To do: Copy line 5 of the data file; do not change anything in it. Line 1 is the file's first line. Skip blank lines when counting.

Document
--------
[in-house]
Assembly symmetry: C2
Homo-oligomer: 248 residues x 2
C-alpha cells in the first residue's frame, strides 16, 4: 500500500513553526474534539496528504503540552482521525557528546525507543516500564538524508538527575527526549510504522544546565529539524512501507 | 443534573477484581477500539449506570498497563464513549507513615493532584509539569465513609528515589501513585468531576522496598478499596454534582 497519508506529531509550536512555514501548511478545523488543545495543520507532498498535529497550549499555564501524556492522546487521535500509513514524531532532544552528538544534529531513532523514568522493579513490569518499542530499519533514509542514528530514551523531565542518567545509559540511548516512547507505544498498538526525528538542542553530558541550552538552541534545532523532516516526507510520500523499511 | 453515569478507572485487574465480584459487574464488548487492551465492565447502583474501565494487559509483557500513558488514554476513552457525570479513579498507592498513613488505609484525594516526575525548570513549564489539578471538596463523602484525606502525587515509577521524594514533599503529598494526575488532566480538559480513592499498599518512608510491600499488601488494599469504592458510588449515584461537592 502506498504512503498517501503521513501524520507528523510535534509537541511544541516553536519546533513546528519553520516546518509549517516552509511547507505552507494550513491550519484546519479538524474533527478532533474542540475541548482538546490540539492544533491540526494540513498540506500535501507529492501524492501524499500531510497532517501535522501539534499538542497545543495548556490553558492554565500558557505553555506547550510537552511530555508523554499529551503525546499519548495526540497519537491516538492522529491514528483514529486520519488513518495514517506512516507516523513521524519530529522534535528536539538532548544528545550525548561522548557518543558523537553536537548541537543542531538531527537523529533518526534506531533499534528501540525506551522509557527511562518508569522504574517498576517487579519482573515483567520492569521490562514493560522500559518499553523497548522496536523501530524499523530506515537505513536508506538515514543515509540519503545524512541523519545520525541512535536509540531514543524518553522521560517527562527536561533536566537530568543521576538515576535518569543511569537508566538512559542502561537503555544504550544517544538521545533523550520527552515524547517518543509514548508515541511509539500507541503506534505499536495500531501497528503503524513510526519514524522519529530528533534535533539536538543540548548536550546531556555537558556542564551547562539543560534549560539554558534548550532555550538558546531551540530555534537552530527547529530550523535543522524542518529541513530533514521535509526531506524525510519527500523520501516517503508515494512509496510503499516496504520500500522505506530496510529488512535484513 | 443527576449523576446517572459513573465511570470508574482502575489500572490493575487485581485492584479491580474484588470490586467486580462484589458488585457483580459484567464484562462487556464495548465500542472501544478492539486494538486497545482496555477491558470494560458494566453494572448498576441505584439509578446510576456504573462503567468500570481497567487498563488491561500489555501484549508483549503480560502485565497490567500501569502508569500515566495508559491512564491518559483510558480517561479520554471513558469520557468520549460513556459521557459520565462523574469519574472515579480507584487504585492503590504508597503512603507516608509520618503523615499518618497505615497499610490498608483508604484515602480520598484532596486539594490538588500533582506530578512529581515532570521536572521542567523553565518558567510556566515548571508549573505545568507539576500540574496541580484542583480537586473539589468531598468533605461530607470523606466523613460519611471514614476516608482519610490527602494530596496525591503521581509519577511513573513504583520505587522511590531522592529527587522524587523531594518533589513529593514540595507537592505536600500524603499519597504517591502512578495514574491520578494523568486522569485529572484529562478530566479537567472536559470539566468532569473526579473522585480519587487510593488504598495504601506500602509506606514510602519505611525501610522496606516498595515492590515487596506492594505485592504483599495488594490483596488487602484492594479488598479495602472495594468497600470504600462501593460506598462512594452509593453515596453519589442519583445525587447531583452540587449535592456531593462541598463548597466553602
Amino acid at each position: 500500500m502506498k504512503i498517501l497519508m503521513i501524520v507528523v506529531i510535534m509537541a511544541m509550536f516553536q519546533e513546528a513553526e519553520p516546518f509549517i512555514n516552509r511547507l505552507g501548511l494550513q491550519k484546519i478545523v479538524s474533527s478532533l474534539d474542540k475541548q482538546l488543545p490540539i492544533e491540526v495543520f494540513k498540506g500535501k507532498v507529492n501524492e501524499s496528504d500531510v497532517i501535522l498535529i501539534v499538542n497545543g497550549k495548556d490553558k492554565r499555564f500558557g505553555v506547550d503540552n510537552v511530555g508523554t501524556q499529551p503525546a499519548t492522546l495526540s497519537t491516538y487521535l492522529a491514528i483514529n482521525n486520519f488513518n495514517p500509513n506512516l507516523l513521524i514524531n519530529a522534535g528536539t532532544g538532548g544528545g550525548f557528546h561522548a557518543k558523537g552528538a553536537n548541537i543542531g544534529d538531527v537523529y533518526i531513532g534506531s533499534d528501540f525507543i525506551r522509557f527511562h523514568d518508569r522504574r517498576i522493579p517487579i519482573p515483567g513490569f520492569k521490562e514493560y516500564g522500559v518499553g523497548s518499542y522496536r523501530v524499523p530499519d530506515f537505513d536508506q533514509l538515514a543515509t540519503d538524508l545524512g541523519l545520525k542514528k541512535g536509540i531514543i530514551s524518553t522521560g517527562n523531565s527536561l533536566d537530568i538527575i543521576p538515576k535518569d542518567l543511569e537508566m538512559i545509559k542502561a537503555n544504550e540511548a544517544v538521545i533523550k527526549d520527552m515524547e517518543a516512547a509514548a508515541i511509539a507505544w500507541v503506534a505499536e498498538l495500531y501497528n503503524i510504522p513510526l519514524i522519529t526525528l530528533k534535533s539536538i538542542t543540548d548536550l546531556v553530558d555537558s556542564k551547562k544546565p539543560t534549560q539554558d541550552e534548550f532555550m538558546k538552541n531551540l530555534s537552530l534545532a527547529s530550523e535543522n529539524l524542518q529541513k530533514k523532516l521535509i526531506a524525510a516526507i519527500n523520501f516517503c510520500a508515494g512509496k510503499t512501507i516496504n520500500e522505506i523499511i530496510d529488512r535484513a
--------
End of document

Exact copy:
Amino acid at each position: 500500500m502506498k504512503i498517501l497519508m503521513i501524520v507528523v506529531i510535534m509537541a511544541m509550536f516553536q519546533e513546528a513553526e519553520p516546518f509549517i512555514n516552509r511547507l505552507g501548511l494550513q491550519k484546519i478545523v479538524s474533527s478532533l474534539d474542540k475541548q482538546l488543545p490540539i492544533e491540526v495543520f494540513k498540506g500535501k507532498v507529492n501524492e501524499s496528504d500531510v497532517i501535522l498535529i501539534v499538542n497545543g497550549k495548556d490553558k492554565r499555564f500558557g505553555v506547550d503540552n510537552v511530555g508523554t501524556q499529551p503525546a499519548t492522546l495526540s497519537t491516538y487521535l492522529a491514528i483514529n482521525n486520519f488513518n495514517p500509513n506512516l507516523l513521524i514524531n519530529a522534535g528536539t532532544g538532548g544528545g550525548f557528546h561522548a557518543k558523537g552528538a553536537n548541537i543542531g544534529d538531527v537523529y533518526i531513532g534506531s533499534d528501540f525507543i525506551r522509557f527511562h523514568d518508569r522504574r517498576i522493579p517487579i519482573p515483567g513490569f520492569k521490562e514493560y516500564g522500559v518499553g523497548s518499542y522496536r523501530v524499523p530499519d530506515f537505513d536508506q533514509l538515514a543515509t540519503d538524508l545524512g541523519l545520525k542514528k541512535g536509540i531514543i530514551s524518553t522521560g517527562n523531565s527536561l533536566d537530568i538527575i543521576p538515576k535518569d542518567l543511569e537508566m538512559i545509559k542502561a537503555n544504550e540511548a544517544v538521545i533523550k527526549d520527552m515524547e517518543a516512547a509514548a508515541i511509539a507505544w500507541v503506534a505499536e498498538l495500531y501497528n503503524i510504522p513510526l519514524i522519529t526525528l530528533k534535533s539536538i538542542t543540548d548536550l546531556v553530558d555537558s556542564k551547562k544546565p539543560t534549560q539554558d541550552e534548550f532555550m538558546k538552541n531551540l530555534s537552530l534545532a527547529s530550523e535543522n529539524l524542518q529541513k530533514k523532516l521535509i526531506a524525510a516526507i519527500n523520501f516517503c510520500a508515494g512509496k510503499t512501507i516496504n520500500e522505506i523499511i530496510d529488512r535484513a